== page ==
The artwork is been exhibited at Cedla, the Center for Latin-American Studies in Amsterdam from 08 December 2017 until 20 January 2018.
“QUEM INVENTOU A FOME SÃO OS QUE COMEM (Who invented hunger are those who eat)”
Writer Carolina de Jesus (1914-1977), a black woman who lived in extreme poverty when began to write, pronounced the phrase above in the 60s. Her words are mirrored by the world-famous statement of President Lula da Silva in his inauguration (Jan/2003) about his desire for “everyone to eat 3 meals a day”. Carolina is a symbol of a country rooted in 300 years of slavery and represents the Brazilian colossal inequality as much as Lula da Silva, a former Brazilian Northeast migrant who suffered hunger.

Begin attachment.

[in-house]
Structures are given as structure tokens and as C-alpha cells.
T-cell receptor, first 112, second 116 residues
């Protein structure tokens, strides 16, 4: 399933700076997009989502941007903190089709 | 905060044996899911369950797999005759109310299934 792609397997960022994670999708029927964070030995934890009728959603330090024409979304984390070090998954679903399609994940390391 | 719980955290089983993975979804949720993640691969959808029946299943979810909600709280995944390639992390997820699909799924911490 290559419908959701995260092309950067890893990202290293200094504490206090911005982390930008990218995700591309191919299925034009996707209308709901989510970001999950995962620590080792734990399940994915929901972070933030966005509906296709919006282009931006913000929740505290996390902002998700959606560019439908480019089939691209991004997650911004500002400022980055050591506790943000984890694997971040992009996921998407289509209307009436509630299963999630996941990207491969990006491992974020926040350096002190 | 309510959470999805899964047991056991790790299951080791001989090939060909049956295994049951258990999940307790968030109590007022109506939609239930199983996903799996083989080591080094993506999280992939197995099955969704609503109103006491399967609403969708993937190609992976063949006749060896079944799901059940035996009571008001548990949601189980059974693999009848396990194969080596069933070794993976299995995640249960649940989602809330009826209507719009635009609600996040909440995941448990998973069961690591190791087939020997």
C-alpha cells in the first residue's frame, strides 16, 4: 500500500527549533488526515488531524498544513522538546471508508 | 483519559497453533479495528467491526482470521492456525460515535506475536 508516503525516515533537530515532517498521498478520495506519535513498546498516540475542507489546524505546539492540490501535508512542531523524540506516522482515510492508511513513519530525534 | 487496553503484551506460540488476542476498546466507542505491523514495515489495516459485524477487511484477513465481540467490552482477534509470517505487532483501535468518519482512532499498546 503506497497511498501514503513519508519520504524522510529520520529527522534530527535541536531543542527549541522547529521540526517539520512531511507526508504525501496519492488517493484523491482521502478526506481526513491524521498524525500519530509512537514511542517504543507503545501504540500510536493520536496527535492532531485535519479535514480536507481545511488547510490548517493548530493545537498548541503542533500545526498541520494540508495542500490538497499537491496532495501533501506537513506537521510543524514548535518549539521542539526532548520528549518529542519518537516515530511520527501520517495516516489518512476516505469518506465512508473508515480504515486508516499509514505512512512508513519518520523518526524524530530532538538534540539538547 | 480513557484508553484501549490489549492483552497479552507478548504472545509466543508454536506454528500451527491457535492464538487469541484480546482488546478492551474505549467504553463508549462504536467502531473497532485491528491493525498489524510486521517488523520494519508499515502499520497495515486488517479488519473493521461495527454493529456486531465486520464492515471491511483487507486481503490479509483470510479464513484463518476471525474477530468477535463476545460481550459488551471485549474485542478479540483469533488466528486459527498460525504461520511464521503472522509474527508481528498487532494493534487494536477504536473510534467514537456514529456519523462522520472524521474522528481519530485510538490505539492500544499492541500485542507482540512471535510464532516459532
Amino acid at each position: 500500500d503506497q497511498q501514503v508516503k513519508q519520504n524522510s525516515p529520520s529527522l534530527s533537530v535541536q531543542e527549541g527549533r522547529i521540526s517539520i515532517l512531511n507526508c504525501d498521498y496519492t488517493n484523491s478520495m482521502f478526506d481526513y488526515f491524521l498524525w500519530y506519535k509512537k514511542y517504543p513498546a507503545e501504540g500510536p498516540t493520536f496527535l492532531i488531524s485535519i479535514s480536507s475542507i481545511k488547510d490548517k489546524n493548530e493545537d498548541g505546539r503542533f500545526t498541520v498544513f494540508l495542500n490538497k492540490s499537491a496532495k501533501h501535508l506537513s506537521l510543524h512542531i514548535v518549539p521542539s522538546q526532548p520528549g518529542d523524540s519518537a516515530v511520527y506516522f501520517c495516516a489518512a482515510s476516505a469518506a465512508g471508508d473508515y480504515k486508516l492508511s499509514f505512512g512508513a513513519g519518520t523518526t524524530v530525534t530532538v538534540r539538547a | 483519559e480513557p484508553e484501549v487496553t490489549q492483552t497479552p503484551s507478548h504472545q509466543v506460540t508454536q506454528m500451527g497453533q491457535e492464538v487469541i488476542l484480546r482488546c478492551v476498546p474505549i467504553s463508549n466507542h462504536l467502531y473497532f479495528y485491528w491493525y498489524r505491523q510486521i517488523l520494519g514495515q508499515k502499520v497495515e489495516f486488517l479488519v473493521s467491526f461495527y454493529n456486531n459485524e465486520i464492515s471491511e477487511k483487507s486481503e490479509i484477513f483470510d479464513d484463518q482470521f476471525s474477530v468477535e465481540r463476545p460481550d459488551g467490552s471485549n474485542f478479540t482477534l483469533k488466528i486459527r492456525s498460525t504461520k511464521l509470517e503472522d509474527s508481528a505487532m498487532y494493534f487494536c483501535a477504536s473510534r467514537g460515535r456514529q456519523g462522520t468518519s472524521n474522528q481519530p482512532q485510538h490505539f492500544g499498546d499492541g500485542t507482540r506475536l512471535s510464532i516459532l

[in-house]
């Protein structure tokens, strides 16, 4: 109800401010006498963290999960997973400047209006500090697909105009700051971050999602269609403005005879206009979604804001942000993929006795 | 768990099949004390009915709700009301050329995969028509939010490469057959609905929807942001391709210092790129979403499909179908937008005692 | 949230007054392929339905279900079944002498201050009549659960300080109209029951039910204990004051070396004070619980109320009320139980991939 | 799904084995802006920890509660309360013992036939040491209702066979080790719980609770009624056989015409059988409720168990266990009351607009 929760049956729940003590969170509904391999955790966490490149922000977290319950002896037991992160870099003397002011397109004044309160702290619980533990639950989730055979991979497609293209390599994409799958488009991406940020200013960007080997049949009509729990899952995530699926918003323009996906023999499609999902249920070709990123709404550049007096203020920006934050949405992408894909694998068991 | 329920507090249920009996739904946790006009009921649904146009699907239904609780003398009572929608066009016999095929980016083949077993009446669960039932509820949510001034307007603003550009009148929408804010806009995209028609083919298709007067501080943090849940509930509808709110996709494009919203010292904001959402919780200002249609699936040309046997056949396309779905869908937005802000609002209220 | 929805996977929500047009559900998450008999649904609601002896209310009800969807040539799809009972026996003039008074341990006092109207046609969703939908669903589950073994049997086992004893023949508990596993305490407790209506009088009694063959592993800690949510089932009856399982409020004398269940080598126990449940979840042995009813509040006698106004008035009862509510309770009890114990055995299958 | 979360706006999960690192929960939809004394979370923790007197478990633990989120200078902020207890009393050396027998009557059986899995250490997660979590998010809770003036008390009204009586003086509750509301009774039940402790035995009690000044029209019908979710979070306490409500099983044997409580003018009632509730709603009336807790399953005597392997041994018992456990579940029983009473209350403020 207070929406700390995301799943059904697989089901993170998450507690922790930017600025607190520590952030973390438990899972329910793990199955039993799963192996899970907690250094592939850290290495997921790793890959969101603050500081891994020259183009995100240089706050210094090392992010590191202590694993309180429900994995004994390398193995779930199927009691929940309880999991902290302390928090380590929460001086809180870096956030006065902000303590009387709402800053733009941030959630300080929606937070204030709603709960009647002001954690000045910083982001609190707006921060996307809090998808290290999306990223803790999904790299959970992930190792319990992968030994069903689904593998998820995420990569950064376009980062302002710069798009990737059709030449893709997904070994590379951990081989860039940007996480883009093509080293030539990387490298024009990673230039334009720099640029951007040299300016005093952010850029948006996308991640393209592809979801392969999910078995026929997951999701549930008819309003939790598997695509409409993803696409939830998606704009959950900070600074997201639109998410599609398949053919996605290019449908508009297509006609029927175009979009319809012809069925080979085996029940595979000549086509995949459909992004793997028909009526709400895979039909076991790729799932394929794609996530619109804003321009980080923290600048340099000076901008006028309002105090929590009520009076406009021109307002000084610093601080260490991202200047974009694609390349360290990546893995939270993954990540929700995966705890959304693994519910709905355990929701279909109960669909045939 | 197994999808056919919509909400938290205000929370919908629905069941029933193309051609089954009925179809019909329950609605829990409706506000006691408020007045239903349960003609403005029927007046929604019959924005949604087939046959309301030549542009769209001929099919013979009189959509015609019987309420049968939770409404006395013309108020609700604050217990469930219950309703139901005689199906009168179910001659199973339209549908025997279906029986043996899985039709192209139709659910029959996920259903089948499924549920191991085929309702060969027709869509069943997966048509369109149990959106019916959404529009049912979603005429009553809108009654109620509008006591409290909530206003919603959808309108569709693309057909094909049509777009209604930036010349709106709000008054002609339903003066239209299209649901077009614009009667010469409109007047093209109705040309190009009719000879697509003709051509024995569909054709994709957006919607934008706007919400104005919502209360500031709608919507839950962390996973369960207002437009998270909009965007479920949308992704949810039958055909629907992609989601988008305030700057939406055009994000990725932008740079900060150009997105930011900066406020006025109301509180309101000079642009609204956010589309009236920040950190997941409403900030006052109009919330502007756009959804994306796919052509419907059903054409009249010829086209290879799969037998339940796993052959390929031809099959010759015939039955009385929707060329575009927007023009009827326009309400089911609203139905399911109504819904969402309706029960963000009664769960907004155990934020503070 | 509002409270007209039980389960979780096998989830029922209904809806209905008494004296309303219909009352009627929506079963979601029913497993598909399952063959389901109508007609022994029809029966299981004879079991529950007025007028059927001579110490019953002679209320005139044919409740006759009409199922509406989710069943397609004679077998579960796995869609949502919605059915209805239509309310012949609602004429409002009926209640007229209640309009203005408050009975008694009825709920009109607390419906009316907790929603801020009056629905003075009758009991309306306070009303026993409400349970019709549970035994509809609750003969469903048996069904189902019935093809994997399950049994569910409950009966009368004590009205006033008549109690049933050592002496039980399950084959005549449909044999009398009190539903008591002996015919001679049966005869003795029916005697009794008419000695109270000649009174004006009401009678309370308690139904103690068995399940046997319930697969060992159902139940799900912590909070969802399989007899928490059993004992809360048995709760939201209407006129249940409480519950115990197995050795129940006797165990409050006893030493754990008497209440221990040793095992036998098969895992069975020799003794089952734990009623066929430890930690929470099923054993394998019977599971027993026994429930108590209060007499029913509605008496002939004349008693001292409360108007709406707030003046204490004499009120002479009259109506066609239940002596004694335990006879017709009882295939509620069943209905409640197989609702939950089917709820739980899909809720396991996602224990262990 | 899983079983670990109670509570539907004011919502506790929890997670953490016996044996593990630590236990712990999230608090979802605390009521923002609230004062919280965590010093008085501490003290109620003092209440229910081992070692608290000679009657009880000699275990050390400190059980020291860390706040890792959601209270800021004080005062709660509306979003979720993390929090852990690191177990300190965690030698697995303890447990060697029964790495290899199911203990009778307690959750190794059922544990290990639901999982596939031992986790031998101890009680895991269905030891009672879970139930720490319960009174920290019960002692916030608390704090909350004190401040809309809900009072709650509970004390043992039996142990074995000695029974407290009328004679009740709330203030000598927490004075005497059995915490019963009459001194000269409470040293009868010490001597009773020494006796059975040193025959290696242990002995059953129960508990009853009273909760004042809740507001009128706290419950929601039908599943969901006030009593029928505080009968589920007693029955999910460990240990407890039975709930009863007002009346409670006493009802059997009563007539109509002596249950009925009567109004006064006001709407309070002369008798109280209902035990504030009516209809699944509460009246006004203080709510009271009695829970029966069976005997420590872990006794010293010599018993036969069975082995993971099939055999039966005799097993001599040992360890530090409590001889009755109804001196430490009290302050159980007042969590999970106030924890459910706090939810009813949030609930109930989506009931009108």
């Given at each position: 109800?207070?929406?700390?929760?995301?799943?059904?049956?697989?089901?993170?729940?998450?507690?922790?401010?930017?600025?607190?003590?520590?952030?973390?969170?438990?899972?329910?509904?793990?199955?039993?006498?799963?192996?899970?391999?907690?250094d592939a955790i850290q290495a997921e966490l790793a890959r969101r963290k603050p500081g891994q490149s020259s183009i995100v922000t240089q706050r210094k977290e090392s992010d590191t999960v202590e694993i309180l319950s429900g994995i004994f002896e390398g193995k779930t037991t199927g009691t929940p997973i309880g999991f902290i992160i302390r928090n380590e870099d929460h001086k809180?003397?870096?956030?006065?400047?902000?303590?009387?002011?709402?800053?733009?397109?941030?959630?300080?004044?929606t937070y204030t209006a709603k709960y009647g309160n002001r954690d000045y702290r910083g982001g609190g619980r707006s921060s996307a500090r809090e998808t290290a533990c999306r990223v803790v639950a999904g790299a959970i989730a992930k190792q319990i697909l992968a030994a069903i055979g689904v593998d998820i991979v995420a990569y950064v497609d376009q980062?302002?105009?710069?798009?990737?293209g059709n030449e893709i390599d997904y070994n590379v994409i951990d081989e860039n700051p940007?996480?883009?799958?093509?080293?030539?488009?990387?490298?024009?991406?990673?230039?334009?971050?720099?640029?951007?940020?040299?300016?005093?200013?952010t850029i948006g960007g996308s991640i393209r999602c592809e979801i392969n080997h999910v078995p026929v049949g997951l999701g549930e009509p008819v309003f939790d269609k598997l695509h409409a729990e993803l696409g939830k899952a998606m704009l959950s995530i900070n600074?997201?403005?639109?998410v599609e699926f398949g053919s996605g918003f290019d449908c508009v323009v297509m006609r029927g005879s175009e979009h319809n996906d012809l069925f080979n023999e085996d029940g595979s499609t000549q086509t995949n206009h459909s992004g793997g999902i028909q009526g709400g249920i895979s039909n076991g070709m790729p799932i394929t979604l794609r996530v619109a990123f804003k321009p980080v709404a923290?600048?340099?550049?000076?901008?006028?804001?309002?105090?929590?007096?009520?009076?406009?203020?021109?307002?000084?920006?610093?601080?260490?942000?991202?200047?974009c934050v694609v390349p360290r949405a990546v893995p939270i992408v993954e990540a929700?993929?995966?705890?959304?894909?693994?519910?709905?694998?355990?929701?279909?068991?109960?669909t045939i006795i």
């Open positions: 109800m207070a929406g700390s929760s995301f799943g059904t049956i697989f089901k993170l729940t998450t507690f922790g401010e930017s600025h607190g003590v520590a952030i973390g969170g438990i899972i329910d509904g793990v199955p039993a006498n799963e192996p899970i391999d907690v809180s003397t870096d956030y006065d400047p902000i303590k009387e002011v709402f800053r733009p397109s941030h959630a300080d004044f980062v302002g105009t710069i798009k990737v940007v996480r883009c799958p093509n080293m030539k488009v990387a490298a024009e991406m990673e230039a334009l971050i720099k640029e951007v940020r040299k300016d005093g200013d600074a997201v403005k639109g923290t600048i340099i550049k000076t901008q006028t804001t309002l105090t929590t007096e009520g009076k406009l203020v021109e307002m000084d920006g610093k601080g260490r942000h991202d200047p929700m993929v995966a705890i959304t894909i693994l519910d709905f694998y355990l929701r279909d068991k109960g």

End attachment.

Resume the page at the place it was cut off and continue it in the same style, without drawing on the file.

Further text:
Brazil has experienced real progress fighting poverty during the last 13 years of leftist governments, when 45 million people rose from poverty and Lula’s dream came true. However in 2016 the Brazilian privileged classes – “those who eat” – decided to reinvent hunger and deposed, by means of a coup, the democratically elected president Dilma Rousseff, hauling the country into chaos, awakening all kinds of fascism and fostering the pillage of the country by the international capitalism.
Albert Eckhout (c.1610–1665) was an artist born in Groningen who arrived with the Dutch invasion of the Northeast of Brazil in the 17th century. The exuberance of his still-lives depicting the Brazilian fruits and vegetables speaks of the foreigner eye, remembering the eternal outsider lust for the native abundance. The fruits of the earth sensually represented by the Dutch artist are both the dream and the paradox of Brazil.
Neyde Lantyer, 2017.